A whimsical wander through postcolonial literature, fashion, fantasy fiction, and more...
Wednesday, 16 May 2012
The Tempest, The Globe, Tuesday 8th May 2012
It is a little perverse and a little wonderful that the first play I've ever seen at the Globe just happened to be in Bengali.
But it's one of those places I've always meant to go, and I guess it took the Bangla-patriot in me to get me there, but really, The Tempest performed in Bangla at Shakespeare's Globe isn't something I could have missed. Nor, it seems, could a large chunk of London's Bengali population, judging by the audience - it was quite brilliant to see a sea of brown faces, saris, hijabs and beards filling the Globe.
This somewhat unusual event was part of the ambitious Globe to Globe festival, which is hosting 38 non-English language interpretations of Shakespeare plays by theatre companies from around the world to celebrate the World Shakespeare Festival and the forthcoming Olympics. The acclaimed Dhaka Theatre Company has been on the drama scene in Bangladesh since 1973. Whilst most of their works are original compositions, their adaptation of The Tempest showed the quality, originality and innovation they're known for in their home city, to a world audience.
Dhaka Theatre's production was, first and foremost, terrifically entertaining. I think The Tempest was a perfect fit for a Bangla Shakespeare (though I still think Lear could be made into an incredible modern Hindi cinematic tragedy, of Omkar/Othello proportions). Not just because of the storm that opens the play - but also because of the magic that's central to it. Magic that is as malevolent and mischievous as it can be delightful and enchanting, a magic that is embedded within the natural landscape. Ariel is a familiar figure to anyone who knows Bengali stories about djinni. And the "postcolonial" readings aren't lost either: Caliban's tale was at one point used to gesture to the Language Movement, and the costs that Bangladeshis well know of having your language and your freedom curbed by a powerful stranger from afar.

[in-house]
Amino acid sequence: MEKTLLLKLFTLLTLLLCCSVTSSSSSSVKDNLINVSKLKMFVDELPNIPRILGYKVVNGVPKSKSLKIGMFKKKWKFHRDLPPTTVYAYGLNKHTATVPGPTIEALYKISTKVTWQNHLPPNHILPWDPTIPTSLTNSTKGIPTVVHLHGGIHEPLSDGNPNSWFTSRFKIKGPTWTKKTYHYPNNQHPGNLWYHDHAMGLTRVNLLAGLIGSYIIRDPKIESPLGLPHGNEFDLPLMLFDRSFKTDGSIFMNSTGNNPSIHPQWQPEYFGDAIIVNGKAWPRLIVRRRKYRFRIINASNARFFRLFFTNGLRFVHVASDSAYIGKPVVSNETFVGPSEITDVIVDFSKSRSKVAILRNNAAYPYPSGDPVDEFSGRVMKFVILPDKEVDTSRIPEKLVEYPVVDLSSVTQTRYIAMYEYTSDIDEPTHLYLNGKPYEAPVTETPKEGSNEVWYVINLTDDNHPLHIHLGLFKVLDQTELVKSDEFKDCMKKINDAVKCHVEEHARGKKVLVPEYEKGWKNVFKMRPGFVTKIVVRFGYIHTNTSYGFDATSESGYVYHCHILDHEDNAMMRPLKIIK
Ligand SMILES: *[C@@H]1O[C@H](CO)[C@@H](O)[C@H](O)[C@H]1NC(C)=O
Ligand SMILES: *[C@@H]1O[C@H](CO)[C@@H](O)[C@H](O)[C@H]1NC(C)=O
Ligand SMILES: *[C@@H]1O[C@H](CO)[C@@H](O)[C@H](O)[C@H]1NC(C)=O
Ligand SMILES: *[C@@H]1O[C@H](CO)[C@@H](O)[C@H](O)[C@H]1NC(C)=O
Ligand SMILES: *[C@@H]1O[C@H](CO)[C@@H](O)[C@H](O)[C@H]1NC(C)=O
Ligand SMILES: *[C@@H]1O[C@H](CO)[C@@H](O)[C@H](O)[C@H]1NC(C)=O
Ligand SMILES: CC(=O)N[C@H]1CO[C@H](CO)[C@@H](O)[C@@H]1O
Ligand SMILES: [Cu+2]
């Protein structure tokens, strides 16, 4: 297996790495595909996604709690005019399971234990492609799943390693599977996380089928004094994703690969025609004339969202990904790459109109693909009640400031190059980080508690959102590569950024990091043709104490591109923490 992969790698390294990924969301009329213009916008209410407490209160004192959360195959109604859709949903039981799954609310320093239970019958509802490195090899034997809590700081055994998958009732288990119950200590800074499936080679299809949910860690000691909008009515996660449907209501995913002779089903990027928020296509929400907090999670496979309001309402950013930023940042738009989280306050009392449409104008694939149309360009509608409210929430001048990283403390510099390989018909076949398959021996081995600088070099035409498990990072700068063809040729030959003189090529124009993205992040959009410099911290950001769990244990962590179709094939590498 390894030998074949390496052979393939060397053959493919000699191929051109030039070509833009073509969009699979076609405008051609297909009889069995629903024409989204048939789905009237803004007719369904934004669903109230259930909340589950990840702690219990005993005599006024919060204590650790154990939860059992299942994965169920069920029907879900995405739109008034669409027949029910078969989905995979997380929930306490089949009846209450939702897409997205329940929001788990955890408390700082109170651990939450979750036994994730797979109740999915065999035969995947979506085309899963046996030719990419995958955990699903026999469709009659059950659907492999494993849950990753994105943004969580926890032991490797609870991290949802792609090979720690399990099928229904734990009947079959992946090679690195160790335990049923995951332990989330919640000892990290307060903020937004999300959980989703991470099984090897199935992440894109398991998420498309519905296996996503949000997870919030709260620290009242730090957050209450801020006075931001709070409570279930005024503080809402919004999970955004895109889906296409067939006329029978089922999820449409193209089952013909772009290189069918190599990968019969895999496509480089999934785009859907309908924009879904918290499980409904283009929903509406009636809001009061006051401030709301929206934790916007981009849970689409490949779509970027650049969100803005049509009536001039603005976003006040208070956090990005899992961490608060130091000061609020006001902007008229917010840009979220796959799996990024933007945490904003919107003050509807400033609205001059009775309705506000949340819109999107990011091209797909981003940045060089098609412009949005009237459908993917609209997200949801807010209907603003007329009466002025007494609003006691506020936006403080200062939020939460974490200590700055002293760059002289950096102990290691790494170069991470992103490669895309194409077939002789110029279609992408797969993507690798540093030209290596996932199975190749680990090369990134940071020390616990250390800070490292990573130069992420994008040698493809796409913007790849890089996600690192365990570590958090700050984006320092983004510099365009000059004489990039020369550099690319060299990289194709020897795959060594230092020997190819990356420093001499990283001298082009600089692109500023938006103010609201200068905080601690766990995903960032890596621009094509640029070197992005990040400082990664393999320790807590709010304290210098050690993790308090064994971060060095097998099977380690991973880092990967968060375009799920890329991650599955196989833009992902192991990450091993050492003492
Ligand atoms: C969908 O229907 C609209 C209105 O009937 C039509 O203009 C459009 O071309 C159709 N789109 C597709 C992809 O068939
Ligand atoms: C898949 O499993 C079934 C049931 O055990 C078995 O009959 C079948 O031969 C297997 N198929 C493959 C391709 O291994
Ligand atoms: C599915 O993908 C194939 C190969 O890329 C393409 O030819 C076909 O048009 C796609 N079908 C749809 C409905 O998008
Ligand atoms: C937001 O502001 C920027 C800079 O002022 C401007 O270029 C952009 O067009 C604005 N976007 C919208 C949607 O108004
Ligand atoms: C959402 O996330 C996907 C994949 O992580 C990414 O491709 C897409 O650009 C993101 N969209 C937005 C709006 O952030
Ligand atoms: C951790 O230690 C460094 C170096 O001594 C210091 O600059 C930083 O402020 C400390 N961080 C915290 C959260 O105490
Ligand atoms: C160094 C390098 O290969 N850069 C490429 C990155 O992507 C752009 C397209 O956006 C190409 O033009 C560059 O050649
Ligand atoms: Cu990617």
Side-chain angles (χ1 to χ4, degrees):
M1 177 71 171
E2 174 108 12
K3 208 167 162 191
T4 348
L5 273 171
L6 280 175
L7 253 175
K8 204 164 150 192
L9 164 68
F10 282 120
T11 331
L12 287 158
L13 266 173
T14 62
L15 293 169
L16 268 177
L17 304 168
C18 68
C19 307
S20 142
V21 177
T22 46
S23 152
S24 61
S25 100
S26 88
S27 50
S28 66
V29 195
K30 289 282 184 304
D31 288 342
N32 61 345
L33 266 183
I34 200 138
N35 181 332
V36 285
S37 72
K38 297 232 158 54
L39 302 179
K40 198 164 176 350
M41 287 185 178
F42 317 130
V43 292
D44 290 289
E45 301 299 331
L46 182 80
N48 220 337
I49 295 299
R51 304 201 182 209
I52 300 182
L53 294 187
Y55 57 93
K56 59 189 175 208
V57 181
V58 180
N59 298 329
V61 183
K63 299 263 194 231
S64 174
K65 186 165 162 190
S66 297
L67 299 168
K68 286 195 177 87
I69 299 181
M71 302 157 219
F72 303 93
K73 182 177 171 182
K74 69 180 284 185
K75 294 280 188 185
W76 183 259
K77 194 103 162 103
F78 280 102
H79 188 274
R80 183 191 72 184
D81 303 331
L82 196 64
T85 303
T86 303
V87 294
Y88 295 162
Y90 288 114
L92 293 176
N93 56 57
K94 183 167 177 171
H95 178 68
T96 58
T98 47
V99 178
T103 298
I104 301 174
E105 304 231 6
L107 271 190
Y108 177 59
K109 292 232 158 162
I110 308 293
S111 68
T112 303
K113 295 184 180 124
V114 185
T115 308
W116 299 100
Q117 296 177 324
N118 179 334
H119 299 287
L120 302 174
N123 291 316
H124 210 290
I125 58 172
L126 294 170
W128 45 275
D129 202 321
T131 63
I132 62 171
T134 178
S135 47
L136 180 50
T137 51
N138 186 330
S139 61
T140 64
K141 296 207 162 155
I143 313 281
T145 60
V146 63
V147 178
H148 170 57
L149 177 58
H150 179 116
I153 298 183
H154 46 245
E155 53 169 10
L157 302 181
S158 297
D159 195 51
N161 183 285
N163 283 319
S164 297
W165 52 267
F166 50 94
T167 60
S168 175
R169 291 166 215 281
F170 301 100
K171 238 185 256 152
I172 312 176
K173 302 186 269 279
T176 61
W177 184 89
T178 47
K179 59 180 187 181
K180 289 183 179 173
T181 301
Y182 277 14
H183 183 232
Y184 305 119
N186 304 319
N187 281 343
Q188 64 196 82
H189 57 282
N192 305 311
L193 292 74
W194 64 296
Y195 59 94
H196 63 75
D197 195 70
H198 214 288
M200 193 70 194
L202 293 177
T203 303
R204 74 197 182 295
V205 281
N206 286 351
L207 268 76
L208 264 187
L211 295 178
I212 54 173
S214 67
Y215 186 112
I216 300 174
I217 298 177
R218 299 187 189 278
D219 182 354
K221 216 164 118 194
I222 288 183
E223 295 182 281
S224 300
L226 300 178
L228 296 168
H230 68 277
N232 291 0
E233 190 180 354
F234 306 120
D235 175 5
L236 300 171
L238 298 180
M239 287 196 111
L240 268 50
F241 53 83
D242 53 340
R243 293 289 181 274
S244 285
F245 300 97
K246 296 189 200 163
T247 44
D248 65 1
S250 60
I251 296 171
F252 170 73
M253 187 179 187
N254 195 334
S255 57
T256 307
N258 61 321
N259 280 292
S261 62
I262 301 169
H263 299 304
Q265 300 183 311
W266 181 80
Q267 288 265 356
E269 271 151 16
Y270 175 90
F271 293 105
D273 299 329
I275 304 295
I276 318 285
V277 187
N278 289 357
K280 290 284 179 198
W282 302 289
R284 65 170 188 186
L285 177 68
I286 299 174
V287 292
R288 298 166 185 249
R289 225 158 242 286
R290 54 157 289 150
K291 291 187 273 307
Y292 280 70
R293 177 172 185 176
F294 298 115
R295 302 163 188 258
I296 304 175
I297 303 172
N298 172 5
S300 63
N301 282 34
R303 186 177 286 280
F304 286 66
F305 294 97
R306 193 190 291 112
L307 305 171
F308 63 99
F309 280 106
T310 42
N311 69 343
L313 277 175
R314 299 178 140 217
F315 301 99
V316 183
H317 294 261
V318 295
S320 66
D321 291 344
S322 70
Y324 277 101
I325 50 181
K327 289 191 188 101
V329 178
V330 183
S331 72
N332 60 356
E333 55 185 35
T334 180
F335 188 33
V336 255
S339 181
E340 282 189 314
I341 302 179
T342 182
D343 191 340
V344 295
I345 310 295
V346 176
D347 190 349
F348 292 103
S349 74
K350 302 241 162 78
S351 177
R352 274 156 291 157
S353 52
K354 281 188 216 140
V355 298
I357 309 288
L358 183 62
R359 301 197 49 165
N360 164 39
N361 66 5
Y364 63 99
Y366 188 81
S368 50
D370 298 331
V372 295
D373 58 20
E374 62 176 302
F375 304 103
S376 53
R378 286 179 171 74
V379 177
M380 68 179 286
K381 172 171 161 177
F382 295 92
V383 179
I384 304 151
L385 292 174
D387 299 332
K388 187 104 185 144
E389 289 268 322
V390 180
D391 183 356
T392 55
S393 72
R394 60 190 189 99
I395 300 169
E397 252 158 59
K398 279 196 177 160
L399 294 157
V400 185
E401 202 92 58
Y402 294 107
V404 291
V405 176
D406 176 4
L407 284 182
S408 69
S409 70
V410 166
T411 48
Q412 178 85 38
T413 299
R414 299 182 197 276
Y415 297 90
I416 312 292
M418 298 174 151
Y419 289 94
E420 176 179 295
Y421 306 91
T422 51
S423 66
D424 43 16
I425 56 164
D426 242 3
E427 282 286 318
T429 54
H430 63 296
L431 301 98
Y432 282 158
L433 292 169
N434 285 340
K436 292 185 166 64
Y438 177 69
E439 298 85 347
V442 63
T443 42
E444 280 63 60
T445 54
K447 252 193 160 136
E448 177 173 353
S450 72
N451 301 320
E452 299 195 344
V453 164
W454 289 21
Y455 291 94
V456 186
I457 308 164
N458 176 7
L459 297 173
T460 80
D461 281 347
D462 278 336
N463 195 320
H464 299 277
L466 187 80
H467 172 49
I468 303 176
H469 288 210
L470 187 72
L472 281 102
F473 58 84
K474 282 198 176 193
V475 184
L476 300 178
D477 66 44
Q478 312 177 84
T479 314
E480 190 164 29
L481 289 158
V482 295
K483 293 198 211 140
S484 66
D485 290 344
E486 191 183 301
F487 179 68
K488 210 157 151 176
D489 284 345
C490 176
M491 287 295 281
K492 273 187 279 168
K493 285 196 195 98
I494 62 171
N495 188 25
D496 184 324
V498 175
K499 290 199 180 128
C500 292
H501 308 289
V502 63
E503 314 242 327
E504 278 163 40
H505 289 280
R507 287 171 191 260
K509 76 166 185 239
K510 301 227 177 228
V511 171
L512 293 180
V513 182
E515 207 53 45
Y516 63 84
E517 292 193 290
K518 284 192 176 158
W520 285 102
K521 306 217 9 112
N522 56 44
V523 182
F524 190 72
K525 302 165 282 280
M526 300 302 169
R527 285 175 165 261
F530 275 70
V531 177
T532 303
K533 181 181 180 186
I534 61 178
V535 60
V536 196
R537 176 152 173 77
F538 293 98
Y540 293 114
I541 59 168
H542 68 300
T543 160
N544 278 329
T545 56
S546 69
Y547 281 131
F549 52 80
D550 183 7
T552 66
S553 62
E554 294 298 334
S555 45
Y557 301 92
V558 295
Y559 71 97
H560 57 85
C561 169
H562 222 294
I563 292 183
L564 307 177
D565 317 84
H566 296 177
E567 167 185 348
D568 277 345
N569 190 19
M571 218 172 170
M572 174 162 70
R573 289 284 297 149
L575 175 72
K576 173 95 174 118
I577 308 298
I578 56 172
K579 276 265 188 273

The Manipuri drummers that spun and beat throughout the play (in the green on the right above) were spectacular and truly thrilling, but perhaps a little excessively used to punctuate the dramatic scenes. I would have preferred a little more dialogue, a little more of the Shakespeare translated into Bangla. I wasn't too sure about the removal of the bitter from the original bittersweet ending (I had Fanon's words about freedom having to be taken not given, in my head as Prospero benignly set Caliban free). But the comedy was well done, the quasi-jatra physicality translated very well, and the set was as charming as could be hoped for with a production that was only in situ for two days.
It felt very special to be there, particularly during the curtain call when acclaimed actress Shimul Yousef grasped the outstretched hands of the appreciative audience, and one of the actors ran back onto the stage wrapped in the Bangladeshi flag. I wonder what Will would have made of it all? I hope he would have smiled to see the sheer reach of his work, and have approved of a piece that captured The Tempest's playful, magical heart.
Rabbit-like in a nose that twitches when I laugh and front teeth not 100% rectified by 7 years of braces, postcolonial in being of British-Bangladeshi heritage (and reading many many books thereon). Books, tea and dresses: these are some of my favourite things.